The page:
We’ve all taken our health for granted at different times in our lives, and right now our personal health and that of those around us is top of mind for everyone. We’ve talked about Coronavirus and its impact, and want to bring you fresh content that speaks to what is happening in the world right now and how it relates to our tiny corner of the internet.
It’s said we check our phones on average 80 times a day and that means our handbags are having a lot of hands-on time. On top of that, we place our bags on different surfaces, picking up what was left there before. No one can live or operate in an entirely clean and germ free environment at all times, but there are ways we can change some habits to make our handbags cleaner both inside and out.
Guys, our handbags are dirty, very dirty. If you want to learn more, and be a bit grossed out, read this article. This study showed that the handle is the dirtiest part of the bag and carries more bacteria than the average toilet seat. We’ll be following up with another post on how to clean your bag, but for now here are more facts and ideas on how to keep your bags cleaner.
Here are some facts about the Coronavirus’s lifespan on objects:
- Plastic: Up to 72 hours
- Stainless Steel: Up to 72 Hours
- Cardboard: 24 hours
- Copper: 4 hours
- Fabric: Unknown
- Air: Can stay suspended for about a half-hour
With that being said here are some ways to reduce your risk:
Reduce Risk: Inside Your Bag
– Your handbag is not the best place to store food so try to avoid this as much as possible. Even if its wrapped, it is very easy for it to come in contact with bacteria already existing in your purse.
– Do not carry shoes in your bag. If you have to, have a separate washable designated bag to seal and carry them.
– Lotion bottles and hand cream containers been discovered as the most germ covered items in our bags. Consider leaving them at home and sanitize them often to be safe.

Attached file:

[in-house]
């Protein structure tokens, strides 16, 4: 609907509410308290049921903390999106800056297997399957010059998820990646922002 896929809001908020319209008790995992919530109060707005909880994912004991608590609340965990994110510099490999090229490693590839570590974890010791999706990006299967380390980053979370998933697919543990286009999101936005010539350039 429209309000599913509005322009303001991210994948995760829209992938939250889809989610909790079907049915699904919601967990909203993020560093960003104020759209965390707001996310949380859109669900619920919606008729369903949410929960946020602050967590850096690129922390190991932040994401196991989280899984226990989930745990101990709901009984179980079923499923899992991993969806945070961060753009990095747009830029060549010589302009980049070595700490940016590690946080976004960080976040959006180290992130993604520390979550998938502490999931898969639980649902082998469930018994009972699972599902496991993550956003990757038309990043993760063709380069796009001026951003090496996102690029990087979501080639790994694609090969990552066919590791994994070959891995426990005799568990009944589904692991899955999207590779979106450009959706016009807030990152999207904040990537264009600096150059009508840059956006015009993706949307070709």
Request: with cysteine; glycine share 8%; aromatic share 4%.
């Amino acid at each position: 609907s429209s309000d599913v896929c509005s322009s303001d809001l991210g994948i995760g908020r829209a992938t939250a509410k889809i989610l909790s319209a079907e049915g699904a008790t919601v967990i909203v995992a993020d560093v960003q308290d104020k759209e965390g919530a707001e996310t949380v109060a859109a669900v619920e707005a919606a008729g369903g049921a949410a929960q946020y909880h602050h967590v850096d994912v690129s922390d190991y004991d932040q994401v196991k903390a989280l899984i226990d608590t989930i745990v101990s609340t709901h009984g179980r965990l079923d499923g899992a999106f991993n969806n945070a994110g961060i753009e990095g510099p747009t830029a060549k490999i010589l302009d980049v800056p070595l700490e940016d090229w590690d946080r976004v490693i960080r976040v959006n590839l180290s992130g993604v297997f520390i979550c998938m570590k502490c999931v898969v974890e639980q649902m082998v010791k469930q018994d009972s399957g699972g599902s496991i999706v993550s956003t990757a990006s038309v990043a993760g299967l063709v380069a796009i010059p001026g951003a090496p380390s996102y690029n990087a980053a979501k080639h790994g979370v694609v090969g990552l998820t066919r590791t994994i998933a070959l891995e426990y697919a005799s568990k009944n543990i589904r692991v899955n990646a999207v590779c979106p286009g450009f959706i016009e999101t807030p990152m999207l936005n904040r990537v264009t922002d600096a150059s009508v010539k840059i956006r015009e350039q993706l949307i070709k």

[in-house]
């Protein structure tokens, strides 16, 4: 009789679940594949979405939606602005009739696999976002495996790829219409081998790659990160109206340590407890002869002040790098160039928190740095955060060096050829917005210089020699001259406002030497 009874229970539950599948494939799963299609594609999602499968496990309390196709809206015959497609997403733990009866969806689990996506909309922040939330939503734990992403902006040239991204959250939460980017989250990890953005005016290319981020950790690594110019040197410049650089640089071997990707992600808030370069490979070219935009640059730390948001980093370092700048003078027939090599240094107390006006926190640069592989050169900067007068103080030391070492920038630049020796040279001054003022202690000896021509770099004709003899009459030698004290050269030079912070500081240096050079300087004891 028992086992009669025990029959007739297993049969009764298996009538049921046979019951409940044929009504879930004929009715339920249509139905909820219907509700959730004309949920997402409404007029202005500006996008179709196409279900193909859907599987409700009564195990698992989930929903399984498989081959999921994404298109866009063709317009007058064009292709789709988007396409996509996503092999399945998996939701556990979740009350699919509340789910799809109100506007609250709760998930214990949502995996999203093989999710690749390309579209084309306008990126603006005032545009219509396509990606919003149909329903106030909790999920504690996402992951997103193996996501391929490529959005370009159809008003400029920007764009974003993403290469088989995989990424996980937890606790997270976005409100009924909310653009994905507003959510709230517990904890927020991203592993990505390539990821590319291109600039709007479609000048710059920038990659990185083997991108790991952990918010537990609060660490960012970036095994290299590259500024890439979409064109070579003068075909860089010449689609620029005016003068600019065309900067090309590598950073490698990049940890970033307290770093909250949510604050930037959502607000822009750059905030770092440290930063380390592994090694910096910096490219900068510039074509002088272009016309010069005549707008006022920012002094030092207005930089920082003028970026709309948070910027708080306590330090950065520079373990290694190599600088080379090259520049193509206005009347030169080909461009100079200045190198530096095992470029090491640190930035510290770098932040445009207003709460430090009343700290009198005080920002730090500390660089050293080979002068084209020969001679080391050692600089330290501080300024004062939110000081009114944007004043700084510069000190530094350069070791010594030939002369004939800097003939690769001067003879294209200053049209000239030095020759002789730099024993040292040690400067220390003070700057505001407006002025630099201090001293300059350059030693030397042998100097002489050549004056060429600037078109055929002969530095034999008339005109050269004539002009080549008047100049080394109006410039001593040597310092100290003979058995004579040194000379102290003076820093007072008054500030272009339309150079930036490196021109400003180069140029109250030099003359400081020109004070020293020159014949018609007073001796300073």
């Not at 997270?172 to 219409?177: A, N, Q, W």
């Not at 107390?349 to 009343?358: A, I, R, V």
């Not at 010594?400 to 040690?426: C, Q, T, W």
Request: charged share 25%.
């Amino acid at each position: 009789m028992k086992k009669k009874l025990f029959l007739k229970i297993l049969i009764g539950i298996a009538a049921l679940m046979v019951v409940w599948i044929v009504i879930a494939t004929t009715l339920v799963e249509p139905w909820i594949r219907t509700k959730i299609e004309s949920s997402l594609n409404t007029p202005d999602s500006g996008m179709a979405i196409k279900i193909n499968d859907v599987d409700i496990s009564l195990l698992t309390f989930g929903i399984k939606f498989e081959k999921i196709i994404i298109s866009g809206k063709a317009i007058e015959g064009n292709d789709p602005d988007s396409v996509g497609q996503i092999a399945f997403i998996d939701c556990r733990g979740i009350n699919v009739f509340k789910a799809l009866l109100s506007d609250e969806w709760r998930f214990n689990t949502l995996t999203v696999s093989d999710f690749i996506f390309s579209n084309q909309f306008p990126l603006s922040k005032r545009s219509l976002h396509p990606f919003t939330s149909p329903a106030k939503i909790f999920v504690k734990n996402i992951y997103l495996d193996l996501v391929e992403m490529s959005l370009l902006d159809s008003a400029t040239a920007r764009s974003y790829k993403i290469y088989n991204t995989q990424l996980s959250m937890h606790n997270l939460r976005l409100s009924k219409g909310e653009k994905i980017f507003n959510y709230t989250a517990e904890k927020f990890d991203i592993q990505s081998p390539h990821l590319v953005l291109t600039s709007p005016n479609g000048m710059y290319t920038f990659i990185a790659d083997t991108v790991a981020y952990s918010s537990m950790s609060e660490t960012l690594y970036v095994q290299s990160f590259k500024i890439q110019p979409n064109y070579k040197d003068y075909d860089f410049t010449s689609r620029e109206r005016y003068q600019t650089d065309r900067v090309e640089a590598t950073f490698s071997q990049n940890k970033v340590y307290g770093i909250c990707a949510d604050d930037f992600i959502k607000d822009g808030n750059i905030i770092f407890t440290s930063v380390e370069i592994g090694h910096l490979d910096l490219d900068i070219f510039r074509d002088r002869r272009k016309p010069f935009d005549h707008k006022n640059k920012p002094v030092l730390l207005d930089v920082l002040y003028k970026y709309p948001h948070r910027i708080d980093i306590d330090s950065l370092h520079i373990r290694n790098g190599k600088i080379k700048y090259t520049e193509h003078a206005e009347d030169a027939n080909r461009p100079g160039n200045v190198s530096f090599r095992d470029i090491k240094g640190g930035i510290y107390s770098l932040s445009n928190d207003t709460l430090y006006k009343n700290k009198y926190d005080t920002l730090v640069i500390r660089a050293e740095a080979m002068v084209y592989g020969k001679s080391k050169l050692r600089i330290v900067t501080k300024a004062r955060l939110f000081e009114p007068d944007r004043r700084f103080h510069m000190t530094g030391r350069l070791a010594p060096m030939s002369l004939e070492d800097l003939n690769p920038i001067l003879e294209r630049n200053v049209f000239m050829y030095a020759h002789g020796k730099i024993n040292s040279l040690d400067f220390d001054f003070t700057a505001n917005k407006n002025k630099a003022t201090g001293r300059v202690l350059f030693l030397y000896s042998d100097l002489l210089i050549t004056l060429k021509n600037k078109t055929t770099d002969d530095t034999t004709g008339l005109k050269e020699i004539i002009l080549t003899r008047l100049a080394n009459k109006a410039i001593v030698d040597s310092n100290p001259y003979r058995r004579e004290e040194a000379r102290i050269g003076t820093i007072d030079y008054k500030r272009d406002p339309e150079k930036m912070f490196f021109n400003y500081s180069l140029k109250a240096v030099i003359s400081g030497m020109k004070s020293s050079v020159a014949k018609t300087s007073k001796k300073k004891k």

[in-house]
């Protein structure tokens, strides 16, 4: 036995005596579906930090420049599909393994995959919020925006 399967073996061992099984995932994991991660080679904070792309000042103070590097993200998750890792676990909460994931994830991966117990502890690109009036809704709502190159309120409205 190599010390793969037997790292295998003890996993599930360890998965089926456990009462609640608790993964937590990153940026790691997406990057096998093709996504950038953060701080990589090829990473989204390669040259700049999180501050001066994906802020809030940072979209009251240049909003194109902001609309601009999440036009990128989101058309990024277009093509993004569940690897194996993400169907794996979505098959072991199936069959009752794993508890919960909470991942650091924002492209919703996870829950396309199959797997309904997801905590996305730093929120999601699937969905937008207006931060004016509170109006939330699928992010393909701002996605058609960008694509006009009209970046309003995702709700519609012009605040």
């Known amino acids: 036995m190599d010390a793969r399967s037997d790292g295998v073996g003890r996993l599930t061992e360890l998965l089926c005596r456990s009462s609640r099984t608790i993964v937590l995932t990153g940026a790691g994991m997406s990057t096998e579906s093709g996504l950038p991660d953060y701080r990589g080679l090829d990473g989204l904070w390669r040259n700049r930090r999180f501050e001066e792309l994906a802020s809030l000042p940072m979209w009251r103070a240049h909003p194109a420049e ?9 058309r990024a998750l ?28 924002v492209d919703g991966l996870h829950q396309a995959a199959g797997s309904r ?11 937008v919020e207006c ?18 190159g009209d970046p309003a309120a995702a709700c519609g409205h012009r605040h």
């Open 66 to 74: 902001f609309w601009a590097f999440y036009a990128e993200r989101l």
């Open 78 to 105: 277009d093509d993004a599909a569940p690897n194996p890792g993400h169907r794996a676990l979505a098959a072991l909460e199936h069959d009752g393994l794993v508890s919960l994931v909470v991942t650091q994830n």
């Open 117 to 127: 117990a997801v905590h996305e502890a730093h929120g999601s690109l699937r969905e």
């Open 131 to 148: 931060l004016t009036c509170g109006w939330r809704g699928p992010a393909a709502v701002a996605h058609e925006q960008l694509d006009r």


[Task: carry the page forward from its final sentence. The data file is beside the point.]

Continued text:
– Break out your pouches! Separate items that have high contact like your phone, wallet, cards, and keys from your other items, especially cosmetics and medications.
– Avoid storing used tissues and other trash in your bag or pockets, but if you must you should have a designated, disposable or easily washable pouch for them.
– Sanitize your items BEFORE putting them into your bag and make a routine out of it. If your bag will allow you to do so, pull out the lining and vacuum it. If you can, gently wipe it with a damp soapy cloth.
– Now is the perfect time to declutter: the less you carry, the less surfaces have the potential to be contaminated.
– Drinking lots of water can aid in keeping your immune system strong, so finding a portable water bottle with a protected mouth area is great so that it can’t be exposed to other items in your bag.
– Invest in a washable bag liner, especially if your bag’s lining is too sensitive to clean. If you even have two in rotation, you can use one while the other is getting cleaned.
Reduce Risk: Exterior Of Your Bag
– Research has found that your handbag’s handle carries more bacteria than the average toilet seat, so consider carrying a crossbody bag as it may offer less contact with your hands. You can also wrap your handle in a washable scarf.
– Keep bags off public areas. We all try to do this regularly, but this could mean hanging your bag on a coat rack or your lap versus placing it on a chair or the ground. You could also use a purse hook.
– Even in your home, create clean spots designated for your bag and your bag alone. Preferably near your home’s entrance or in a specific spot in the closet, that way your bags do not contaminate your other surfaces.
– If you have a handbag raincoat, consider using it as an extra barrier. You can also carry it with you and open it up and use it as a mat if you need a clean area to temporarily set your bag down. You could then have a clean, extra bag to seal it inside of when you’re done so that too doesn’t come into contact with anything else in your bag.